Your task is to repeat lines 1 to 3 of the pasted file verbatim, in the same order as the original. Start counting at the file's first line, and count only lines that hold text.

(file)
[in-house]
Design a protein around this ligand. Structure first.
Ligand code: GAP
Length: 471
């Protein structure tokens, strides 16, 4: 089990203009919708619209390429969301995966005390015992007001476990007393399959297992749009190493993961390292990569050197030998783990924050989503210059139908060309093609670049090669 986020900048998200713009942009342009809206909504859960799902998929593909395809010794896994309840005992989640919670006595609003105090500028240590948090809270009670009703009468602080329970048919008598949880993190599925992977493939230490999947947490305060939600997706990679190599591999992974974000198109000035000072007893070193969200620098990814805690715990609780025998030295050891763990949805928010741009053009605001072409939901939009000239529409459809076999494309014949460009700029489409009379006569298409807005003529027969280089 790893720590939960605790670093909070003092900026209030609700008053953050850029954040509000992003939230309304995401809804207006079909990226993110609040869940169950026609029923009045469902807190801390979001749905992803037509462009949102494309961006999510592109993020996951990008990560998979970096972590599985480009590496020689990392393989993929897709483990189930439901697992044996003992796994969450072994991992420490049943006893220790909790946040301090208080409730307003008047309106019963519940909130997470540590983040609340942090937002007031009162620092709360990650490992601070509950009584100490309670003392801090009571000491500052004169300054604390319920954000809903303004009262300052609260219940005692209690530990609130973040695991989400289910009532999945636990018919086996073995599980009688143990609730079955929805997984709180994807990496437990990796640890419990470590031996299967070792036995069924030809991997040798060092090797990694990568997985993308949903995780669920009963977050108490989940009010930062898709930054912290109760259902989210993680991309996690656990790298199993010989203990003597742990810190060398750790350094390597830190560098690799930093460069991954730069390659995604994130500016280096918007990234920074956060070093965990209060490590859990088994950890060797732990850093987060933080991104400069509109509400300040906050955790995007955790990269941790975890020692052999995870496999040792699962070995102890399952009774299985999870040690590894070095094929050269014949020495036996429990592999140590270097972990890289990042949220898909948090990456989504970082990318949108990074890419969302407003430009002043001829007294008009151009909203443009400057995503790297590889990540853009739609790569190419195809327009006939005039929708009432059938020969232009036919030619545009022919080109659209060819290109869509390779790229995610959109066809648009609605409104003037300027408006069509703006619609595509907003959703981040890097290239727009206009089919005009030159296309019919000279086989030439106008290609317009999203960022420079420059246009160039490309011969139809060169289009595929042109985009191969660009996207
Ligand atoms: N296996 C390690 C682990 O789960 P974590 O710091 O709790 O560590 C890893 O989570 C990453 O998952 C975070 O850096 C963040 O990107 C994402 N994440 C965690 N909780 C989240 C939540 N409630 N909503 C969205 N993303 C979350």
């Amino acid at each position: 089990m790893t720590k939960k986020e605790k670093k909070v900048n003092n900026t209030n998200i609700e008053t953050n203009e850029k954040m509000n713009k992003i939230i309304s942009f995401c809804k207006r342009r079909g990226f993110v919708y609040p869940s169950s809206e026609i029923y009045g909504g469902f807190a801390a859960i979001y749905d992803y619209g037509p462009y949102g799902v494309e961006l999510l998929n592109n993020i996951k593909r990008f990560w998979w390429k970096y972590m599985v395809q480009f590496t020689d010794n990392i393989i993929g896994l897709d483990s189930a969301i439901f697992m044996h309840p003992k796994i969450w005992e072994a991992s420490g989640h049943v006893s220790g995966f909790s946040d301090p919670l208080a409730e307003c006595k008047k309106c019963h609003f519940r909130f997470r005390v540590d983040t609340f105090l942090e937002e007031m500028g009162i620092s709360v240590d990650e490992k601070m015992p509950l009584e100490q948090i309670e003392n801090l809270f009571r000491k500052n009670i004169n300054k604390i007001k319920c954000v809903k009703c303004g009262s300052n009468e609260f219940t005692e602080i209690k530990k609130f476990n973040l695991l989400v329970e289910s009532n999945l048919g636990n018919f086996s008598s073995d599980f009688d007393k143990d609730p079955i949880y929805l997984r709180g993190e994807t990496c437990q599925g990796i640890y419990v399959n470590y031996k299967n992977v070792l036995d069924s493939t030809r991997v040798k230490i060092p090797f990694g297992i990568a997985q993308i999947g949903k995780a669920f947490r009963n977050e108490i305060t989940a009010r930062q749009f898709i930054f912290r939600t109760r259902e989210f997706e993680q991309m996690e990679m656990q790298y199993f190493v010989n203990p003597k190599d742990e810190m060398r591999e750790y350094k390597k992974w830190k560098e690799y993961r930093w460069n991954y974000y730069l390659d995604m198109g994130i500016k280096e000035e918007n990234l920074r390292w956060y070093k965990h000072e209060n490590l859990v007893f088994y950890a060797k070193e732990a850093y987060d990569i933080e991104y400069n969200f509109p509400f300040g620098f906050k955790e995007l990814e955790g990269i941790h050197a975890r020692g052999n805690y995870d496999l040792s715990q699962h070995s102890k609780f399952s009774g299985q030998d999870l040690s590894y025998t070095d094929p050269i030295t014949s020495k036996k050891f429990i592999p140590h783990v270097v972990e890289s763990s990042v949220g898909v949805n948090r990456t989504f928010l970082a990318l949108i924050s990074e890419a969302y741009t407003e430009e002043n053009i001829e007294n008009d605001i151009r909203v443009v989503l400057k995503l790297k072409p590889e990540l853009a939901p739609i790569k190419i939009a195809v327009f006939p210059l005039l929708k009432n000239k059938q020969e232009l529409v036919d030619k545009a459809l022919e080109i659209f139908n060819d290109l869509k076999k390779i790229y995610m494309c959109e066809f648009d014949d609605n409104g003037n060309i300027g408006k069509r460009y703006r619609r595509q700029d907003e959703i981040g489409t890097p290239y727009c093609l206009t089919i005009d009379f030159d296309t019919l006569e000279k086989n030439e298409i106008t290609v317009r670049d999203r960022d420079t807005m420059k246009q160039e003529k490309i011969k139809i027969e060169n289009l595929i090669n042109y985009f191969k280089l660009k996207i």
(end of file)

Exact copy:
[in-house]
Design a protein around this ligand. Structure first.
Ligand code: GAP